A Norwiegian court has ruled mass murderer Anders Breivik's human rights have been violated during his imprisonment for terrorism and mass murder.
The Oslo District Court ruled Wednesday Breivik's five-year isolation violated the European Convention on Human Rights.
Judge Helen Sekulic said the prohibition of inhuman and degrading treatment represents a fundamental value in a democratic society.
The court dismissed claims the government had violated Breivik's right to a private and family life.
Breivik said his isolation from other prisoners and frequent strip searches violated his human rights. He also complained about the quality of prison food, saying the cold coffee and microwaved meals were worse than waterboarding.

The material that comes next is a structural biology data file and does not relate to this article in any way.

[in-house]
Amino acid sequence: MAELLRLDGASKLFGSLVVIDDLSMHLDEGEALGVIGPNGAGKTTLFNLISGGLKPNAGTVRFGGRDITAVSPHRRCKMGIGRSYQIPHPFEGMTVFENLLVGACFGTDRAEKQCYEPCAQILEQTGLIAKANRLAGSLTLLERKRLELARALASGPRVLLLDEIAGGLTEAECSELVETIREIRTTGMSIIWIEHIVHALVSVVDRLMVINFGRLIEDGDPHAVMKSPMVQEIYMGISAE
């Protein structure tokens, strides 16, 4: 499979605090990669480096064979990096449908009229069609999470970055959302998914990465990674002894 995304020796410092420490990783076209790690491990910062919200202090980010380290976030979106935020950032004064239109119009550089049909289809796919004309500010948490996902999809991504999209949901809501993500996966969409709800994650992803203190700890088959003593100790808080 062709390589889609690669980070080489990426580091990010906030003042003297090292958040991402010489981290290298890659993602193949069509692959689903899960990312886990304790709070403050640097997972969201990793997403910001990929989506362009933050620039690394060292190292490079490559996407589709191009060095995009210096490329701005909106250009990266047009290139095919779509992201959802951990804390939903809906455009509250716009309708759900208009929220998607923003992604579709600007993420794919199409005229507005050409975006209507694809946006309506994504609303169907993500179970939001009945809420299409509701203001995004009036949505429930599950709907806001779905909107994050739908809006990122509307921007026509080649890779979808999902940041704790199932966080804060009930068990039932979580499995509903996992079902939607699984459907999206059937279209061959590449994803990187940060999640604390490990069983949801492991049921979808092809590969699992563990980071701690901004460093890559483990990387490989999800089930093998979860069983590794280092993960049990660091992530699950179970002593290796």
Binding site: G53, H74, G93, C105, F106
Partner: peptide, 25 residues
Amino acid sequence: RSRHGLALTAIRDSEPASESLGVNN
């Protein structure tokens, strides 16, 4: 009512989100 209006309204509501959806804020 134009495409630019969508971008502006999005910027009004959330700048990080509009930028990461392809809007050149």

The court ordered the government to pay Breivik's legal costs of $41,000.
Breivik is serving a maximum 21-year sentence, which can be extended if he is still considered dangerous for killing eight people in a bombing in Oslo and then shooting dead another 69, mostly teenagers, at a political youth camp on a nearby island in July 2011.
Breivik says he has pledged his allegiance to National Socialism, the ideology behind the German nationalist movement that created the Holocaust.
Prison officials say they have limited Breivik's access to mail and other prisoners in an attempt to keep him from building an extremist network while incarcerated.
Some material for this report came from AP, AFP and Reuters.